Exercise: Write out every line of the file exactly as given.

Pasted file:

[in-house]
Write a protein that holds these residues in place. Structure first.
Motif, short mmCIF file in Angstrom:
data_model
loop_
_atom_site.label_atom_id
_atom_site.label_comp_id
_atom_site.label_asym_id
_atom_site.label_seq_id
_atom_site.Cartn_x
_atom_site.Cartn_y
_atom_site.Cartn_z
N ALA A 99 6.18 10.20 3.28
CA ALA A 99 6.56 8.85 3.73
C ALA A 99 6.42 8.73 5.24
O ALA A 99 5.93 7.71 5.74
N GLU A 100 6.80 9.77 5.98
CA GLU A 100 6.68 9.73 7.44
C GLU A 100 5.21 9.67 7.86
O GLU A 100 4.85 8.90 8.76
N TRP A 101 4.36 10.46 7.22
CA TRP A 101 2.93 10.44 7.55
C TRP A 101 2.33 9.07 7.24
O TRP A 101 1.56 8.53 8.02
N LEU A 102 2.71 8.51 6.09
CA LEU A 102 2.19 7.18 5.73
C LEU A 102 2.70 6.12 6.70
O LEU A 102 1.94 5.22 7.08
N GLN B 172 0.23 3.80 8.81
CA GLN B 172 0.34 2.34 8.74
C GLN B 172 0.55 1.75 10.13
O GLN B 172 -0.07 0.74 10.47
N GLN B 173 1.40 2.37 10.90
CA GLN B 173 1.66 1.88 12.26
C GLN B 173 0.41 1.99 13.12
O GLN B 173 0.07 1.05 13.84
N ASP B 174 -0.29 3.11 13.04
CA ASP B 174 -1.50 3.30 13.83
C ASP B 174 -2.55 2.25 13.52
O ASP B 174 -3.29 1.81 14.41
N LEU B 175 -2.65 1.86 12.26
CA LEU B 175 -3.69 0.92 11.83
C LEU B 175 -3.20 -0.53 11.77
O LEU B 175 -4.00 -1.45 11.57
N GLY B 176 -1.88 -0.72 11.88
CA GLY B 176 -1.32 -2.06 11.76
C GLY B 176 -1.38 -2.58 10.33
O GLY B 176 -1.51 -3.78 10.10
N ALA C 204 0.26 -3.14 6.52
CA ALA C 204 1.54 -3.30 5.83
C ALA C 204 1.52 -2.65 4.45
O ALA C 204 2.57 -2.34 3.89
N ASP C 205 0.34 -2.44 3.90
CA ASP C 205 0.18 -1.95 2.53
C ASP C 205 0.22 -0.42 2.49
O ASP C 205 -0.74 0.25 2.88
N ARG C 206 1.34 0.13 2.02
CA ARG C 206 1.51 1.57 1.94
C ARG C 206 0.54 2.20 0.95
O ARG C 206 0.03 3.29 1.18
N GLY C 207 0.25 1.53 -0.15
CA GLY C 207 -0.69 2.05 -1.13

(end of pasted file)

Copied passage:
[in-house]
Write a protein that holds these residues in place. Structure first.
Motif, short mmCIF file in Angstrom:
data_model
loop_
_atom_site.label_atom_id
_atom_site.label_comp_id
_atom_site.label_asym_id
_atom_site.label_seq_id
_atom_site.Cartn_x
_atom_site.Cartn_y
_atom_site.Cartn_z
N ALA A 99 6.18 10.20 3.28
CA ALA A 99 6.56 8.85 3.73
C ALA A 99 6.42 8.73 5.24
O ALA A 99 5.93 7.71 5.74
N GLU A 100 6.80 9.77 5.98
CA GLU A 100 6.68 9.73 7.44
C GLU A 100 5.21 9.67 7.86
O GLU A 100 4.85 8.90 8.76
N TRP A 101 4.36 10.46 7.22
CA TRP A 101 2.93 10.44 7.55
C TRP A 101 2.33 9.07 7.24
O TRP A 101 1.56 8.53 8.02
N LEU A 102 2.71 8.51 6.09
CA LEU A 102 2.19 7.18 5.73
C LEU A 102 2.70 6.12 6.70
O LEU A 102 1.94 5.22 7.08
N GLN B 172 0.23 3.80 8.81
CA GLN B 172 0.34 2.34 8.74
C GLN B 172 0.55 1.75 10.13
O GLN B 172 -0.07 0.74 10.47
N GLN B 173 1.40 2.37 10.90
CA GLN B 173 1.66 1.88 12.26
C GLN B 173 0.41 1.99 13.12
O GLN B 173 0.07 1.05 13.84
N ASP B 174 -0.29 3.11 13.04
CA ASP B 174 -1.50 3.30 13.83
C ASP B 174 -2.55 2.25 13.52
O ASP B 174 -3.29 1.81 14.41
N LEU B 175 -2.65 1.86 12.26
CA LEU B 175 -3.69 0.92 11.83
C LEU B 175 -3.20 -0.53 11.77
O LEU B 175 -4.00 -1.45 11.57
N GLY B 176 -1.88 -0.72 11.88
CA GLY B 176 -1.32 -2.06 11.76
C GLY B 176 -1.38 -2.58 10.33
O GLY B 176 -1.51 -3.78 10.10
N ALA C 204 0.26 -3.14 6.52
CA ALA C 204 1.54 -3.30 5.83
C ALA C 204 1.52 -2.65 4.45
O ALA C 204 2.57 -2.34 3.89
N ASP C 205 0.34 -2.44 3.90
CA ASP C 205 0.18 -1.95 2.53
C ASP C 205 0.22 -0.42 2.49
O ASP C 205 -0.74 0.25 2.88
N ARG C 206 1.34 0.13 2.02
CA ARG C 206 1.51 1.57 1.94
C ARG C 206 0.54 2.20 0.95
O ARG C 206 0.03 3.29 1.18
N GLY C 207 0.25 1.53 -0.15
CA GLY C 207 -0.69 2.05 -1.13